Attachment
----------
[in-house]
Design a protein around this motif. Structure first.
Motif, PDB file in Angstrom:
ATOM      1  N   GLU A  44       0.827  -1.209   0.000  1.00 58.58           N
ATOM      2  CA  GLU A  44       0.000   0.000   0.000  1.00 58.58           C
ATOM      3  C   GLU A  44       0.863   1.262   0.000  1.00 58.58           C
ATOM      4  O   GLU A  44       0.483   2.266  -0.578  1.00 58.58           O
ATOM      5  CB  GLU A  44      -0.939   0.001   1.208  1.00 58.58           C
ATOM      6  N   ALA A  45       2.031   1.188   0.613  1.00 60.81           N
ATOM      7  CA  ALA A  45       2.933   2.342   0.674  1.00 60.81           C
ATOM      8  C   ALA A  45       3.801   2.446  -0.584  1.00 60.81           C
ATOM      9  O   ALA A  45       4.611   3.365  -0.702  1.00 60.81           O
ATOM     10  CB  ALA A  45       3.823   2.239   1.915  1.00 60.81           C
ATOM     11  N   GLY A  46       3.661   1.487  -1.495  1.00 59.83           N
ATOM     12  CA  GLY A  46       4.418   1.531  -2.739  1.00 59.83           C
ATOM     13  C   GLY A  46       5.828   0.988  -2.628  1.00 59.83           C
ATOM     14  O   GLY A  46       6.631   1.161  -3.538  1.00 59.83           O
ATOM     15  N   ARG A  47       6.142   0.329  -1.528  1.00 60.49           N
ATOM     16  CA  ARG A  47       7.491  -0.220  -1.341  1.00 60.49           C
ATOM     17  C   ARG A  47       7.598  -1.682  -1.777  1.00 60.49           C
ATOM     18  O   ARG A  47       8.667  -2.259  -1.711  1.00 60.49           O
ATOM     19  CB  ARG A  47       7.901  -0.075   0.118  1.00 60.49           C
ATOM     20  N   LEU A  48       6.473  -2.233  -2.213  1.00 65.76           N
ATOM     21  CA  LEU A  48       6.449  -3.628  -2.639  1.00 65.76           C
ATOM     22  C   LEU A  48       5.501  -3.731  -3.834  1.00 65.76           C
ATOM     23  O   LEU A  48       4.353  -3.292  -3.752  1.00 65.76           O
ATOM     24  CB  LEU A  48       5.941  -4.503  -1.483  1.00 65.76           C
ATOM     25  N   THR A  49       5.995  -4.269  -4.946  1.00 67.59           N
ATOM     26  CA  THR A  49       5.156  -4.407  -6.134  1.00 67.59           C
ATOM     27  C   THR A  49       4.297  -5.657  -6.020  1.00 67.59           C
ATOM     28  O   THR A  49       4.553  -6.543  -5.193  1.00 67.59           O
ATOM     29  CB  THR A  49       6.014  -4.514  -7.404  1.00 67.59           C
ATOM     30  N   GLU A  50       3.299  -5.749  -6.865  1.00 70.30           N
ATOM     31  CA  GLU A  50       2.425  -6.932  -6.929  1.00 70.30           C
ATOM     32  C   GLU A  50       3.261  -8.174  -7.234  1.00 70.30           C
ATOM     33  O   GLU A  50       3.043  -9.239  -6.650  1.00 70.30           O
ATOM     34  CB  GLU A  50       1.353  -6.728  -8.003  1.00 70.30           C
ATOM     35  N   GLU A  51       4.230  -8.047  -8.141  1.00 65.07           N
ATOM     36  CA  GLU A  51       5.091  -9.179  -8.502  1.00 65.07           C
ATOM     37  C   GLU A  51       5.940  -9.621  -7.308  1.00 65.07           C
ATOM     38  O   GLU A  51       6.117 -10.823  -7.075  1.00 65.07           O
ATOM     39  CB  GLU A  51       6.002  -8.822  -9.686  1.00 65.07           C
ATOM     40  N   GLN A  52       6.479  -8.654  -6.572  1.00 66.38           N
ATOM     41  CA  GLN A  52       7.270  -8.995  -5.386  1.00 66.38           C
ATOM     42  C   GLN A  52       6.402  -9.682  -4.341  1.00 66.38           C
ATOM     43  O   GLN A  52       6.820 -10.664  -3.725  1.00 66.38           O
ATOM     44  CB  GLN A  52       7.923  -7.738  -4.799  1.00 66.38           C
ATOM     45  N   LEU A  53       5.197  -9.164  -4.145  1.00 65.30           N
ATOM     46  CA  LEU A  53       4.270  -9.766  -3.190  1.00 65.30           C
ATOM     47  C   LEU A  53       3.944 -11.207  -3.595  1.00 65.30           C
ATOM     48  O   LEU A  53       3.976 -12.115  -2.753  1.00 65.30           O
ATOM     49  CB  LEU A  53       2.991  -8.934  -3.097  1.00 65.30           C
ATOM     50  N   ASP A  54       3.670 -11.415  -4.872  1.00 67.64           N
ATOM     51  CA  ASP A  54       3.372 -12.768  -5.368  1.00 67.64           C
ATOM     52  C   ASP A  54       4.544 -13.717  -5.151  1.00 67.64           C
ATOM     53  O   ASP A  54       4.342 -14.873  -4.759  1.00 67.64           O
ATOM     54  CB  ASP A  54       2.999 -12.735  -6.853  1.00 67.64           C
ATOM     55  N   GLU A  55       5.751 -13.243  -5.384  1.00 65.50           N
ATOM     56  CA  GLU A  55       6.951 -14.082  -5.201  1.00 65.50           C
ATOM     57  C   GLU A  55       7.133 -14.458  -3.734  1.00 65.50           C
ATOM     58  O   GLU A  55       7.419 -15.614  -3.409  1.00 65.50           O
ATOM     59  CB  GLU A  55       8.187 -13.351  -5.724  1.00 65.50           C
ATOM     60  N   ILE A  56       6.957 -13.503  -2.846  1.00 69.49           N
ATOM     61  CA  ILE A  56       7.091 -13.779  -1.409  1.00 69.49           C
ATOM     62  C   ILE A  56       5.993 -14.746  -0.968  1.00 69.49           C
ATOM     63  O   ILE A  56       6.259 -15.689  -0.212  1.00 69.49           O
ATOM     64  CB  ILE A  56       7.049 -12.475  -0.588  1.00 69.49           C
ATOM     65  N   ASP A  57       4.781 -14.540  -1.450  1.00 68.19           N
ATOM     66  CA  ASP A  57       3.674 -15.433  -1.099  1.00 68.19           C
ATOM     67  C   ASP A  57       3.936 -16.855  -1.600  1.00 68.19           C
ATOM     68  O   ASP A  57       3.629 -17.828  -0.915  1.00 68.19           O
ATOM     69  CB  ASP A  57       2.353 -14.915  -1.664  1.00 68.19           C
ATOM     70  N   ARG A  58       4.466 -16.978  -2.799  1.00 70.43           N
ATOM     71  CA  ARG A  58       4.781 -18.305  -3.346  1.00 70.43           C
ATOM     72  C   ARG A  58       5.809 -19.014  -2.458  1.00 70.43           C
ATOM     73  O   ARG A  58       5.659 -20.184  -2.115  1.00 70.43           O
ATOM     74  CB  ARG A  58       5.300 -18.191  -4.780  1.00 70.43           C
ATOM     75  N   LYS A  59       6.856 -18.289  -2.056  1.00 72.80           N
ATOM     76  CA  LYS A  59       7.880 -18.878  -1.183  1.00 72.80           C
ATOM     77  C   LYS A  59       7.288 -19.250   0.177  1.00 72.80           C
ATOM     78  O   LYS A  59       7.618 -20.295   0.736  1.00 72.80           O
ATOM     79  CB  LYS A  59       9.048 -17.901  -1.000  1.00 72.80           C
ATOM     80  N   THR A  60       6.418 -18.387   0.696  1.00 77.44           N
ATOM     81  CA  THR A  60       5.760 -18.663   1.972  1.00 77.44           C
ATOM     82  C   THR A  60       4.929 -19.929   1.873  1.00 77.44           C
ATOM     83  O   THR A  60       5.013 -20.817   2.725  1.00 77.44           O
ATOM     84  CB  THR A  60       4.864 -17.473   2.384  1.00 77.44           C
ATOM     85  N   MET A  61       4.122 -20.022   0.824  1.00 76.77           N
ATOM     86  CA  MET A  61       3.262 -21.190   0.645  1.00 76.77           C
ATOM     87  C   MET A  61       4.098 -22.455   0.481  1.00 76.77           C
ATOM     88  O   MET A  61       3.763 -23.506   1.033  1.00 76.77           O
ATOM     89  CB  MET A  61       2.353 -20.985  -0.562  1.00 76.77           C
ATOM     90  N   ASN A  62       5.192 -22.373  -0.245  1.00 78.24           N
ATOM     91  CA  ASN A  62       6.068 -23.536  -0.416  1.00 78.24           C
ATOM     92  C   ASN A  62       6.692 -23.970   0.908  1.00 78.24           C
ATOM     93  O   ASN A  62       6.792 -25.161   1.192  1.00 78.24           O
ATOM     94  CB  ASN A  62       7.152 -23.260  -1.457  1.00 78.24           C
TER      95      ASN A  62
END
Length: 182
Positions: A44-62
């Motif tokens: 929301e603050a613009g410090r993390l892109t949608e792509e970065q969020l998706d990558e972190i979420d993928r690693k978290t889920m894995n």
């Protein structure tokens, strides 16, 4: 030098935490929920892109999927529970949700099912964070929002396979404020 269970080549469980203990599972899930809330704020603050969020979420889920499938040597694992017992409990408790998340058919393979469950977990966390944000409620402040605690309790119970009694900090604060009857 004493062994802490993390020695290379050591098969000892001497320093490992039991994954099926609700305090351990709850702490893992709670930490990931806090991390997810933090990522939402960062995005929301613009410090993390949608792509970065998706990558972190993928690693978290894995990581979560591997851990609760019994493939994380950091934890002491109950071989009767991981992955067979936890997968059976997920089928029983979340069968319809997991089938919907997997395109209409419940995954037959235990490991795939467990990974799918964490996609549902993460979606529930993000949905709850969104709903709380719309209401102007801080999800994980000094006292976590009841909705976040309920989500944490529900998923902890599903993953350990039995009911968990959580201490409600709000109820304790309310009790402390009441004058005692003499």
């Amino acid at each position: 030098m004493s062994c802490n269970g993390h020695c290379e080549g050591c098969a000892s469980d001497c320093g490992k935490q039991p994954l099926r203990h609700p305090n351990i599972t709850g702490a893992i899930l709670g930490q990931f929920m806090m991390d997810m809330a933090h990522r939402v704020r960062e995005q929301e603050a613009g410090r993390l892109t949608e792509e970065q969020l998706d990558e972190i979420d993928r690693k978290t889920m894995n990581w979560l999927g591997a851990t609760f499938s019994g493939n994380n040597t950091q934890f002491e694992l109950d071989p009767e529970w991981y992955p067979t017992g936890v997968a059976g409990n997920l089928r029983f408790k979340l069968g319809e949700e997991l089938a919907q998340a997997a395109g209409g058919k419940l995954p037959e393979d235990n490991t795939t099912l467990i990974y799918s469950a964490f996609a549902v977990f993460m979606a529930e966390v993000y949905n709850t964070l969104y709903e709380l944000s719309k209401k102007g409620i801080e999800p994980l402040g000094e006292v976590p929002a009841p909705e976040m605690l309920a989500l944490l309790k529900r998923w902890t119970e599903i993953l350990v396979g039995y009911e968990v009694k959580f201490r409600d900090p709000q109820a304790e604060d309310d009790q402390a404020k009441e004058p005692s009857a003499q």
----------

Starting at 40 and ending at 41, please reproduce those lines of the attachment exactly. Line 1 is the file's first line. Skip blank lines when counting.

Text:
ATOM     37  C   GLU A  51       5.940  -9.621  -7.308  1.00 65.07           C
ATOM     38  O   GLU A  51       6.117 -10.823  -7.075  1.00 65.07           O